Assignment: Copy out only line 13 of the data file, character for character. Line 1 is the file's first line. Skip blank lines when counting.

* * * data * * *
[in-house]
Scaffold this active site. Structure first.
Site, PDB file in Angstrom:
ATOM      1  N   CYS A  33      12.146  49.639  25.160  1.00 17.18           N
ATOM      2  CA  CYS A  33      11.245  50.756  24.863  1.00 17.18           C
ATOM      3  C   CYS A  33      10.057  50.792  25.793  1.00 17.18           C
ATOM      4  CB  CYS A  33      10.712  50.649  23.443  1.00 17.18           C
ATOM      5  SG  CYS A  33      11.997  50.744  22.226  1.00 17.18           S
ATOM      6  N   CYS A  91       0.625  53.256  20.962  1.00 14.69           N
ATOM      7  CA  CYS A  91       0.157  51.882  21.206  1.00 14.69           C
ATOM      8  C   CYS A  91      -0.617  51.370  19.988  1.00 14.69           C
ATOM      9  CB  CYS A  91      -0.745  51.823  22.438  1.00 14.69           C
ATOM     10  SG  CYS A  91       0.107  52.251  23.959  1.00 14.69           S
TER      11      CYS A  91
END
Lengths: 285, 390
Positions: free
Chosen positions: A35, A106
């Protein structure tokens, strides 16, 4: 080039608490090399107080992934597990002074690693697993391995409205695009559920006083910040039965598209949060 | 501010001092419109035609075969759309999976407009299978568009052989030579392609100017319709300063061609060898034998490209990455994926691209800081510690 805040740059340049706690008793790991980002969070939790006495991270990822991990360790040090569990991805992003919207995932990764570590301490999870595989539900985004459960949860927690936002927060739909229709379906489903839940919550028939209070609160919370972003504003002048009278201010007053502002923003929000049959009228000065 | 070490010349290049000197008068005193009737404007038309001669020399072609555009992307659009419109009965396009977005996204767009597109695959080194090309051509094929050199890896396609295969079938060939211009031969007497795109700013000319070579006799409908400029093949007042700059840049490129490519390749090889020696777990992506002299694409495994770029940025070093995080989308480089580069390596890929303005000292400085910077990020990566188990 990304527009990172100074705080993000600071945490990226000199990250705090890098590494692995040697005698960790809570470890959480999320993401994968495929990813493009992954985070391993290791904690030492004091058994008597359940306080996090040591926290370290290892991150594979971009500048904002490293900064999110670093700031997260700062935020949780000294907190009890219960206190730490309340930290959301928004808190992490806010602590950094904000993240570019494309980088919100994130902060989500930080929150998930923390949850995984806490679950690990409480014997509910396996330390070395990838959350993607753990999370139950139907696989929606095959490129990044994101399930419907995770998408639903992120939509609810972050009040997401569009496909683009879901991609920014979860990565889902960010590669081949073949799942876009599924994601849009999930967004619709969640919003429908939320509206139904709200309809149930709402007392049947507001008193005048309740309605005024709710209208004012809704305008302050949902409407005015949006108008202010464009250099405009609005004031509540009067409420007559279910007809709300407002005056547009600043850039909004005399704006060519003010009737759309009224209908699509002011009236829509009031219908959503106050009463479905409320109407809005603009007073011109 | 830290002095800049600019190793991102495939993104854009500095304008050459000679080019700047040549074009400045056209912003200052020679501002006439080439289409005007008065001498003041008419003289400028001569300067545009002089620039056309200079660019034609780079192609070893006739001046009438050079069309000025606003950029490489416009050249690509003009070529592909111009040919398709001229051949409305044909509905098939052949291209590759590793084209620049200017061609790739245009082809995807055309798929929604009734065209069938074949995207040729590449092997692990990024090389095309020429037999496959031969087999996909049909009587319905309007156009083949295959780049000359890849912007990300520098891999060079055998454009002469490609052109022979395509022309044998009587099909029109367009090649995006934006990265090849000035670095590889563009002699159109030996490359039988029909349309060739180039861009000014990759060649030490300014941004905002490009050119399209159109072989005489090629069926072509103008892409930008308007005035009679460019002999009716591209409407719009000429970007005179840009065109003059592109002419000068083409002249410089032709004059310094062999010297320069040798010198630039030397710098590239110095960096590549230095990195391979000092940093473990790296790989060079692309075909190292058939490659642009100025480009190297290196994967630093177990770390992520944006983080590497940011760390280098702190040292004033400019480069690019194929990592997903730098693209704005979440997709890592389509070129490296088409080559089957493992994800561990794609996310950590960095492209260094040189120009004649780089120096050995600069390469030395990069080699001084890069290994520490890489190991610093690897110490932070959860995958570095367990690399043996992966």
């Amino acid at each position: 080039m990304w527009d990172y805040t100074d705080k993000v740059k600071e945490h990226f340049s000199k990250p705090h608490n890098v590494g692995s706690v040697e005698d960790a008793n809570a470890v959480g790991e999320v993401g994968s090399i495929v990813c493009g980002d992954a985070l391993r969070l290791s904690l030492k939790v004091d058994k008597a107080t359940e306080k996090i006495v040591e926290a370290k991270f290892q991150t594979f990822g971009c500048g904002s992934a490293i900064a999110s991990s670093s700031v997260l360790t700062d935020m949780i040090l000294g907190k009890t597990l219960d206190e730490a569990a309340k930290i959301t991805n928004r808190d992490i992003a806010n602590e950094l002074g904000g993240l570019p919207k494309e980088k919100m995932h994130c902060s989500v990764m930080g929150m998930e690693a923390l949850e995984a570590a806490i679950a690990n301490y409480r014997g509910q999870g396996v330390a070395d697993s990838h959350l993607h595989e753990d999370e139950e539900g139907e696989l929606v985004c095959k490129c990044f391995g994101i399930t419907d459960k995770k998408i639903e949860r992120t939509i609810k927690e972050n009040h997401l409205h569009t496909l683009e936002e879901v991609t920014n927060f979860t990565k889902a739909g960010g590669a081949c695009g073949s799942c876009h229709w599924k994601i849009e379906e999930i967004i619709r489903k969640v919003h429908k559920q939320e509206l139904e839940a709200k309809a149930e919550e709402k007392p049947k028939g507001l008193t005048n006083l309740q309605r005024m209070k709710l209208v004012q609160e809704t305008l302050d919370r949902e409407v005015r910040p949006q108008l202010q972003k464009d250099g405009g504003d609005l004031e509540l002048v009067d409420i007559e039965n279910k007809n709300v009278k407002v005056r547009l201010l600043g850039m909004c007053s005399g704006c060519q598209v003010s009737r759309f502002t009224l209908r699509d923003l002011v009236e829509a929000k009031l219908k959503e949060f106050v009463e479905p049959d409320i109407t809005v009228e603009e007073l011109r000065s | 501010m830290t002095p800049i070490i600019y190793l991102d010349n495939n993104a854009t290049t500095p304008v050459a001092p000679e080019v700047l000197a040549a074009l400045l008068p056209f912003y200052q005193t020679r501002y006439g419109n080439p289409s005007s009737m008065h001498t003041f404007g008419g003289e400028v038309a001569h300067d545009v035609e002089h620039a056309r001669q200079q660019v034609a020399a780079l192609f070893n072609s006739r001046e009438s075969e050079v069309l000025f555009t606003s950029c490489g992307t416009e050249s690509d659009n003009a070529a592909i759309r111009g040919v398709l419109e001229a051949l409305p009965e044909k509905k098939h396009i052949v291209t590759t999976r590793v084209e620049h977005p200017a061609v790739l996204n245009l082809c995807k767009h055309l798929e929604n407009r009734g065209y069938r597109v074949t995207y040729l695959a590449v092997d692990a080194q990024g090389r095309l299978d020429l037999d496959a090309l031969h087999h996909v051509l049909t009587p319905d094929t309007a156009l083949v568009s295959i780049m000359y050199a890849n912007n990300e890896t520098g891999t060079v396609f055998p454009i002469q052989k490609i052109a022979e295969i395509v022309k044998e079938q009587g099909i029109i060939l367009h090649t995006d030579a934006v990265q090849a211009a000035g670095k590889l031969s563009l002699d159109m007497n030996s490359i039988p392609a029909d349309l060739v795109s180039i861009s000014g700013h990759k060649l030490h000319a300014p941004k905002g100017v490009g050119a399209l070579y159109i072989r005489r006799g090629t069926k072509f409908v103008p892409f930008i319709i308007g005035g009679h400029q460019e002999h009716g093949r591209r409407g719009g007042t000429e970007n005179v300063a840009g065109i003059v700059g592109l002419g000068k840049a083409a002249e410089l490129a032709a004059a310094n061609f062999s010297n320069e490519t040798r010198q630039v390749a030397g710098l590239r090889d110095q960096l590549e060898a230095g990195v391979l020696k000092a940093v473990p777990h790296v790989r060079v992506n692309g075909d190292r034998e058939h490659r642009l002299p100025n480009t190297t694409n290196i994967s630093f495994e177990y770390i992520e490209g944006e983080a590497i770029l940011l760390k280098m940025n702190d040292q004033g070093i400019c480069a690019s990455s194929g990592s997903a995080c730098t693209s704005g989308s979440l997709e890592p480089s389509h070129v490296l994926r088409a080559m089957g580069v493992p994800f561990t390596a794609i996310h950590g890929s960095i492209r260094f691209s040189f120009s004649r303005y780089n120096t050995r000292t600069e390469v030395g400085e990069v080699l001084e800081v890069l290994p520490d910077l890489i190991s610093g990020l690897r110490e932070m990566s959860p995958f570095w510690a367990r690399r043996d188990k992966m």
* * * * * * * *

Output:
ATOM     10  SG  CYS A  91       0.107  52.251  23.959  1.00 14.69           S